Adsorption mechanism of an antimicrobial peptide on carbonaceous surfaces: A molecular dynamics study

Danilo Roccatano, Edita Sarukhanyan, and Ronen Zangi. The Journal of Chemical Physics 146, 074703 (2017); doi: http://dx.doi.org/10.1063/1.4975689

jcp_146_7_cover1    Cover Page

Peptides are versatile molecules with applications spanning from biotechnology to nanomedicine. They exhibit a good capability to unbundle carbon nanotubes (CNT) by improving their solubility in water. Furthermore, they are a powerful drug delivery system since they can easily be uptake by living cells, and their high surface to volume ratio facilitates the adsorption of molecules of different nature. Therefore, understanding the interaction mechanism between peptides and CNT is important for designing novel therapeutically agents. In this paper, the mechanisms of the adsorption of antimicrobial peptide Cecropin A – Magainin 2 (CA-MA) on a graphene nanosheet (GNS) and on an ultra-short single-walled CNT are characterized using molecular dynamics simulations. The results show that the peptide coats both GNS and CNT surface through preferential contacts with aromatic side chains. The peptide packs compactly on the carbon surfaces where the polar and functionalize Lys side chains protrude into the bulk solvent. It is shown that the adsorption is strongly correlated to a loss of the peptide helical structure. In the case of the CNT, the outer surface is significantly more accessible for adsorption. Nevertheless when the outer surface is already covered by other peptides, a spontaneous diffusion, via the amidated C-terminus, into the interior of the CNT was observed within 150 ns of simulation time. We found that this spontaneous insertion into the CNT interior can be controlled by the polarity of the entrance rim. For the positively charged CA-MA peptide studied, hydrogenated and fluorinated rims, respectively, hinder and promote the insertion.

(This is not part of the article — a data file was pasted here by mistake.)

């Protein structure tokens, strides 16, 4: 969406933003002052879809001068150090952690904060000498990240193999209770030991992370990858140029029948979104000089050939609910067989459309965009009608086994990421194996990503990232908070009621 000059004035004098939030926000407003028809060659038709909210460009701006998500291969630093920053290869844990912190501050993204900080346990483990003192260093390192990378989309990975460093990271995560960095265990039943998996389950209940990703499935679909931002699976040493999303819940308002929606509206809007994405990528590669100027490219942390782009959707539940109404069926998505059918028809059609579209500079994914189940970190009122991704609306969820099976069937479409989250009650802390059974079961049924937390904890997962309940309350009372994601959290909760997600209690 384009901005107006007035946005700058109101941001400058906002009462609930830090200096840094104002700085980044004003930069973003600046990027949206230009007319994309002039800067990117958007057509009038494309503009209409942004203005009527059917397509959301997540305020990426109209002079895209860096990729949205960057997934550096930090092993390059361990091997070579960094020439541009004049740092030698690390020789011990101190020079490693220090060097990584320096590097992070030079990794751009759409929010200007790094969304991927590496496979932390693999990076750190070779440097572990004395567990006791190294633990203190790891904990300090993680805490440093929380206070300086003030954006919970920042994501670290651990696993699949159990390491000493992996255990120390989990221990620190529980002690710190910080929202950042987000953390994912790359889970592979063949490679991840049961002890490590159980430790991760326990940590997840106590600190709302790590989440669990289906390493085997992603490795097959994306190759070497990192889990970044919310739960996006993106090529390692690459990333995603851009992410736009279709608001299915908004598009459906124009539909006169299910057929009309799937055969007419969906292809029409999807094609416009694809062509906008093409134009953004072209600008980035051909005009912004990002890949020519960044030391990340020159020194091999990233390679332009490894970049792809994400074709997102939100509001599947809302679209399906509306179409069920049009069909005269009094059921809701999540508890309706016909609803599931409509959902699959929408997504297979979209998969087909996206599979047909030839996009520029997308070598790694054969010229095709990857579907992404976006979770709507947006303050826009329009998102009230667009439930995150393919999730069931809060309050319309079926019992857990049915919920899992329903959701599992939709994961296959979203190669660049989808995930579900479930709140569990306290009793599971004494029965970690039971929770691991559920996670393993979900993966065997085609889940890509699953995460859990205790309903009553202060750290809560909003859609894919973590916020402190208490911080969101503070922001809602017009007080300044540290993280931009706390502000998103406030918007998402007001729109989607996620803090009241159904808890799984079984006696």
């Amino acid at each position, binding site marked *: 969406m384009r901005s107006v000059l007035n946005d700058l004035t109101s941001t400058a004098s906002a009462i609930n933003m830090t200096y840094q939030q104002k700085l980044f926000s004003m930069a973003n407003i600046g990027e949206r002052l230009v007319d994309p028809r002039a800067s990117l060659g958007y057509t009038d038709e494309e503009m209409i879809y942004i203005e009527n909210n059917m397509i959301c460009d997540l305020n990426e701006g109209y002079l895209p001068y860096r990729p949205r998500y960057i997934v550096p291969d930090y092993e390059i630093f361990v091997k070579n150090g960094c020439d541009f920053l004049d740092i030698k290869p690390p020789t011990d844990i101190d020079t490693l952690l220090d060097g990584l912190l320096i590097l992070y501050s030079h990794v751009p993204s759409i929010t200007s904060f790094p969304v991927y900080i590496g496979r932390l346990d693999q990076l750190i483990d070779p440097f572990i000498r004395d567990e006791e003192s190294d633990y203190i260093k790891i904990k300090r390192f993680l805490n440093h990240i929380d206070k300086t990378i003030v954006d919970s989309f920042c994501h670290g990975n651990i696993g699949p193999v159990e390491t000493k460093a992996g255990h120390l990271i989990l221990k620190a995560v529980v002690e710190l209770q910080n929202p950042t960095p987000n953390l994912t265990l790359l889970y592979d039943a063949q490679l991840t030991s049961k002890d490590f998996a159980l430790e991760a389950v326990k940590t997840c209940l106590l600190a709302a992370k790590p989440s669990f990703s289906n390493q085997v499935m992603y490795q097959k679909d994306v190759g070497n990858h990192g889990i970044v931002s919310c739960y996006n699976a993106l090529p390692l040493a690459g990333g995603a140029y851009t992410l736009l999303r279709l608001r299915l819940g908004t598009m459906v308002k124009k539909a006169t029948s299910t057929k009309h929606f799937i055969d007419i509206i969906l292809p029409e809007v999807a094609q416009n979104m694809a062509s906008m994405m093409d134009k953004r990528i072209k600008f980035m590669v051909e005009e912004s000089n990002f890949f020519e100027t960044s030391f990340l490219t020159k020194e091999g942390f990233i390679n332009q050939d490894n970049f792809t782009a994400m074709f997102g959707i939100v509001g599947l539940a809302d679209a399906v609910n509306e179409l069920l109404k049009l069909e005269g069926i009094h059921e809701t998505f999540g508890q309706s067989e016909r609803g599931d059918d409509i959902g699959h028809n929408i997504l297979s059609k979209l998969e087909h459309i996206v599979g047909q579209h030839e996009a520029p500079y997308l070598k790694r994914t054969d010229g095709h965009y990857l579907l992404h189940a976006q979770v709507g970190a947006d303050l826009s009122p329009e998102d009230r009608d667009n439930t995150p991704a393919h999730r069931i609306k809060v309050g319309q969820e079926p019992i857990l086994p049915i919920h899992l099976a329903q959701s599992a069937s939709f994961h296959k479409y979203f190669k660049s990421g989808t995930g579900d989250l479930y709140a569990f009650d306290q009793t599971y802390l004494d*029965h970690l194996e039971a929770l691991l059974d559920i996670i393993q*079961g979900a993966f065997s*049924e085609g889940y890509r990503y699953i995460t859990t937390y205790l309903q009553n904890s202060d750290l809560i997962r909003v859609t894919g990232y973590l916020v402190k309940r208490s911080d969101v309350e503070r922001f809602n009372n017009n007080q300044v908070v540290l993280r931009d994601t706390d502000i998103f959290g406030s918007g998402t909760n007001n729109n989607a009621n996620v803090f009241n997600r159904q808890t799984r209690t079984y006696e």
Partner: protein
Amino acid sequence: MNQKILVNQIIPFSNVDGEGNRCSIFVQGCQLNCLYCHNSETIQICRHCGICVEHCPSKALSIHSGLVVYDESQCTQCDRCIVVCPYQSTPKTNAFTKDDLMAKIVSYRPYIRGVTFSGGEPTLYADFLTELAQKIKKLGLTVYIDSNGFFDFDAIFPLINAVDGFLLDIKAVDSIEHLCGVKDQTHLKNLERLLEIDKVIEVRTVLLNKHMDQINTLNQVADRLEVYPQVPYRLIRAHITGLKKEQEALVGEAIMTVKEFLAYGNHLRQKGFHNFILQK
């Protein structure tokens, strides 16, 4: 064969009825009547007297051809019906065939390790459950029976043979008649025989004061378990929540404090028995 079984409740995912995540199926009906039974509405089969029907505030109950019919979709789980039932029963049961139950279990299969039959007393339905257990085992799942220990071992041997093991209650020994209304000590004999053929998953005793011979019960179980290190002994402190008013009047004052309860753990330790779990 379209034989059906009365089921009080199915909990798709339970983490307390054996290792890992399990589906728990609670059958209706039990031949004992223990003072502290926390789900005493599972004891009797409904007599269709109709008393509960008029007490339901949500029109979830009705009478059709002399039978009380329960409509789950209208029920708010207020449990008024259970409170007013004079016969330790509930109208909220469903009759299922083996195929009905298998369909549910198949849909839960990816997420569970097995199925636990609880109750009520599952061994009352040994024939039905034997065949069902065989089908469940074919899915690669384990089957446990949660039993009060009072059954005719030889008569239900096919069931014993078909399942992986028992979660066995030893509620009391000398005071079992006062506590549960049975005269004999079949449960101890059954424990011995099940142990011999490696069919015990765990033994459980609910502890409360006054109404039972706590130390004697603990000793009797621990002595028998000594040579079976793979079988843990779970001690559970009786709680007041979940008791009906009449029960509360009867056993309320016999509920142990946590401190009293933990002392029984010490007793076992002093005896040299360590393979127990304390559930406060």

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About Danilo Roccatano

I have a Doctorate in chemistry at the University of Roma “La Sapienza”. I led educational and research activities at different universities in Italy, The Netherlands, Germany and now in the UK. I am fascinated by the study of nature with theoretical models and computational. For years, my scientific research is focused on the study of molecular systems of biological interest using the technique of Molecular Dynamics simulation. I have developed a server (the link is in one of my post) for statistical analysis at the amino acid level of the effect of random mutations induced by random mutagenesis methods. I am also very active in the didactic activity in physical chemistry, computational chemistry, and molecular modeling. I have several other interests and hobbies as video/photography, robotics, computer vision, electronics, programming, microscopy, entomology, recreational mathematics and computational linguistics.
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